Modeling intrinsic bioremediation for interpret observable biogeochemical footprints of BTEX biodegradation: The need for fermentation and abiotic chemical processes

Max Maurer, Bruce E. Rittmann

Research output: Contribution to journalReview article

11 Scopus citations

Abstract

The intrinsic bioremediation of BTEX must be documented by the stoichiometric consumption and production of several other compounds, called 'footprints' of the biodegradation reaction. Although footprints of BTEX biodegradation are easy to identify from reaction stoichiometry, they can be confounded by the stepwise nature of the biodegradation reactions and by several abiotic chemical reactions that also produce or consume the footprints. In order to track the footprints for BTEX biodegradation, the following reactions need to be considered explicitly: (1) fermentation and methanogenesis as separate processes, (2) precipitation and dissolution of calcite, (3) precipitation and dissolution of amorphous iron monosulfide (FeS), (4) conversion of FeS into the thermodynamically stable pyrite (FeS 2) with loss of sulfide and abiotic formation of H 2, and (5) reductive dissolution of solid iron(III) by oxidation of sulfide. We critically review the research that underlies why these mechanisms must be included and how to describe them quantitatively. A companion manuscript develops and applies a mathematical model that includes these reactions.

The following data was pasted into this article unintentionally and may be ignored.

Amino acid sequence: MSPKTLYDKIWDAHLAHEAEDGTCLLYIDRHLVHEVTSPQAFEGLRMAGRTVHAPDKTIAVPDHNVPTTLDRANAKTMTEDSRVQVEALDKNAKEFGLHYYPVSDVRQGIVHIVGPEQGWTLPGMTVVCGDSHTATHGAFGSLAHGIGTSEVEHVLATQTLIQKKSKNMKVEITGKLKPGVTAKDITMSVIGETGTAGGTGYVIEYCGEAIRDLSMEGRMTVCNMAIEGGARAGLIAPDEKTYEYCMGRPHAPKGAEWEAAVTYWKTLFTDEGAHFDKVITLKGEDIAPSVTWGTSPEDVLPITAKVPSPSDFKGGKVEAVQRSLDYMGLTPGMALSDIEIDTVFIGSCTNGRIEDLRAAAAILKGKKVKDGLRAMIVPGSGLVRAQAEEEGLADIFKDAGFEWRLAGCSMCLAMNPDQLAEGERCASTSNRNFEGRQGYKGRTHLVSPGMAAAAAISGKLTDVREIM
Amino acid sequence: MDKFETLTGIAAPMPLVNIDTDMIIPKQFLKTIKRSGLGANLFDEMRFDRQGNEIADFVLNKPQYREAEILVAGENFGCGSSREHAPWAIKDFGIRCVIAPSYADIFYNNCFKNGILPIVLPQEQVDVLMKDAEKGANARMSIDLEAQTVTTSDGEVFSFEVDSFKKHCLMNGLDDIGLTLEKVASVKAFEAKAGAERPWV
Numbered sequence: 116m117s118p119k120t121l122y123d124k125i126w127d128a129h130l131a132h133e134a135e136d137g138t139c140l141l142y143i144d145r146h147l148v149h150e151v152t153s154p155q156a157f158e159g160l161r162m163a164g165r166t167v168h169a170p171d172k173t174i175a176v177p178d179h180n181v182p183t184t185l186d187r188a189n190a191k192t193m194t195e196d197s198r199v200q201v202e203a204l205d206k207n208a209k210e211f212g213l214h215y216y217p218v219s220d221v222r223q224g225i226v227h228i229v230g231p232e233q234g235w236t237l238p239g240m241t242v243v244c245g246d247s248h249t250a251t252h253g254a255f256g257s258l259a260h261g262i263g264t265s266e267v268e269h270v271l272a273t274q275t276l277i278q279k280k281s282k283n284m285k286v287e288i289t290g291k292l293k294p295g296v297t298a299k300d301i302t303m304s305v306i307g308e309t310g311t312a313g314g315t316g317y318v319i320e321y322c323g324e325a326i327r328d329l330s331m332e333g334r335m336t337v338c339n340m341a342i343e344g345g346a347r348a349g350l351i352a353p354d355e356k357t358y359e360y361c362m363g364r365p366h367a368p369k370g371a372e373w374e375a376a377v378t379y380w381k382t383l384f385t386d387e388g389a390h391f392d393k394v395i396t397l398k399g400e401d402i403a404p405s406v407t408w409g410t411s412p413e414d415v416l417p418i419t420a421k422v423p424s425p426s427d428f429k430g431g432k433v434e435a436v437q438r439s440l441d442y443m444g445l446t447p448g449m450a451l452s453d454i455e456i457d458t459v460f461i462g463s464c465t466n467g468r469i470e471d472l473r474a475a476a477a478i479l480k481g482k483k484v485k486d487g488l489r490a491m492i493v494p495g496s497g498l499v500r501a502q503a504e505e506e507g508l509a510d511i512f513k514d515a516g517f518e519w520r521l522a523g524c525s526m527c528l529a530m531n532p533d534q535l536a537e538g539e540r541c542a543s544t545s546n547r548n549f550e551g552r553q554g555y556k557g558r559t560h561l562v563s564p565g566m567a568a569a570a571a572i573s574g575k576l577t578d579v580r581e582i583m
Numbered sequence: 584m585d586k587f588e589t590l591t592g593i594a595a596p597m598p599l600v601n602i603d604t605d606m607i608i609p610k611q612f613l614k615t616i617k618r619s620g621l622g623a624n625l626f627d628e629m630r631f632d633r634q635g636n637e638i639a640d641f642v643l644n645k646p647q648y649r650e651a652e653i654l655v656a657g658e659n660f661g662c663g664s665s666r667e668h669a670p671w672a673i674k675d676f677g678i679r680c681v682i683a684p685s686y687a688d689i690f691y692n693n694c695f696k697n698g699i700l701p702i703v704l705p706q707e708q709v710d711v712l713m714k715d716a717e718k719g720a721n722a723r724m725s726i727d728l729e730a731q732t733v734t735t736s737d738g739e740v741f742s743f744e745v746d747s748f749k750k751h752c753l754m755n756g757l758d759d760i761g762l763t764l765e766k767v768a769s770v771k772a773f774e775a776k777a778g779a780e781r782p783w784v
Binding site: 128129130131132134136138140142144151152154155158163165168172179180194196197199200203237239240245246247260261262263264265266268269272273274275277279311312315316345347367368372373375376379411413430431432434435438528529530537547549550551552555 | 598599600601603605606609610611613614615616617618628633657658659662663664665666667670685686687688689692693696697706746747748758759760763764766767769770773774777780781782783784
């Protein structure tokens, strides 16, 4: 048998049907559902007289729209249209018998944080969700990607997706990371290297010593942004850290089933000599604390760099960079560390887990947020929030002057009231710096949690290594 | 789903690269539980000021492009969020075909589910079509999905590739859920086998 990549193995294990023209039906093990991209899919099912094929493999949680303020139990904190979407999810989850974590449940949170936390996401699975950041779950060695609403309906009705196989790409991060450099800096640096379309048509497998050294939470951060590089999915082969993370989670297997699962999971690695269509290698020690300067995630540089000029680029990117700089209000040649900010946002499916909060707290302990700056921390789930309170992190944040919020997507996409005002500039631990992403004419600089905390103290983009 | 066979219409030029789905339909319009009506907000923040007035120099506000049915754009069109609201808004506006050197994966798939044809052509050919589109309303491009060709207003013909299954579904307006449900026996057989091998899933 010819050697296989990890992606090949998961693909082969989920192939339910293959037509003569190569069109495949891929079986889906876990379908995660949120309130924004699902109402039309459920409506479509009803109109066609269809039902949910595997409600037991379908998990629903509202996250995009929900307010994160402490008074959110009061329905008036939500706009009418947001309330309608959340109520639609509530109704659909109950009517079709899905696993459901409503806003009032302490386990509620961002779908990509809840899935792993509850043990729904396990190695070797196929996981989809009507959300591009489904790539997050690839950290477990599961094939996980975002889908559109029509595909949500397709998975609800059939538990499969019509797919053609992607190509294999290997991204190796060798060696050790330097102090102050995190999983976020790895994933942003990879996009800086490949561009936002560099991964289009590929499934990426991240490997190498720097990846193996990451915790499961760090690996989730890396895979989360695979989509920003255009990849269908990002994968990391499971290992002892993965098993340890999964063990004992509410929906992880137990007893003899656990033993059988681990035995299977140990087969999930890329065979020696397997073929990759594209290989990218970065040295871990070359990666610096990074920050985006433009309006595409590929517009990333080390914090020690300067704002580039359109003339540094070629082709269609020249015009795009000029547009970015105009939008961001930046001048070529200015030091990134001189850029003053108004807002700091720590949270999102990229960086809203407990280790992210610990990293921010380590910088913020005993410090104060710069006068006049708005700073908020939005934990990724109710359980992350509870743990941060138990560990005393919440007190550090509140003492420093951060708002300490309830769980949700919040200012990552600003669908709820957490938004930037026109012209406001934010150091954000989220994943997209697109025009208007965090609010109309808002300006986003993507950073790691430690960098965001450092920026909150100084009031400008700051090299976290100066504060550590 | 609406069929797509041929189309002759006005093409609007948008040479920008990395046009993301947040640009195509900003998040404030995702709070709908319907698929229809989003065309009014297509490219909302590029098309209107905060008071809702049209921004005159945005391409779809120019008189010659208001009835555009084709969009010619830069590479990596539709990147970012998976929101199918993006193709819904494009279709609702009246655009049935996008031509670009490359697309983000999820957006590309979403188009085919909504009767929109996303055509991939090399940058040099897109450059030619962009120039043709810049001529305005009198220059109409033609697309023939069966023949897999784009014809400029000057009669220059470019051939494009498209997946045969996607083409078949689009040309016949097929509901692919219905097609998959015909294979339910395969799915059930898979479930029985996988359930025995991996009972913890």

Original languageEnglish (US)
Pages (from-to)405-417
Number of pages13
JournalBiodegradation
Volume15
Issue number6
DOIs
StatePublished - Dec 1 2004
Externally publishedYes

Keywords

  • calcite
  • dissolution
  • fermentation
  • footprints
  • intrinsic bioremediation
  • iron reduction
  • methanogenesis
  • natural attenuation
  • precipitation
  • sulfate reduction
  • sulfide

ASJC Scopus subject areas

  • Environmental Engineering
  • Microbiology
  • Bioengineering
  • Environmental Chemistry
  • Pollution

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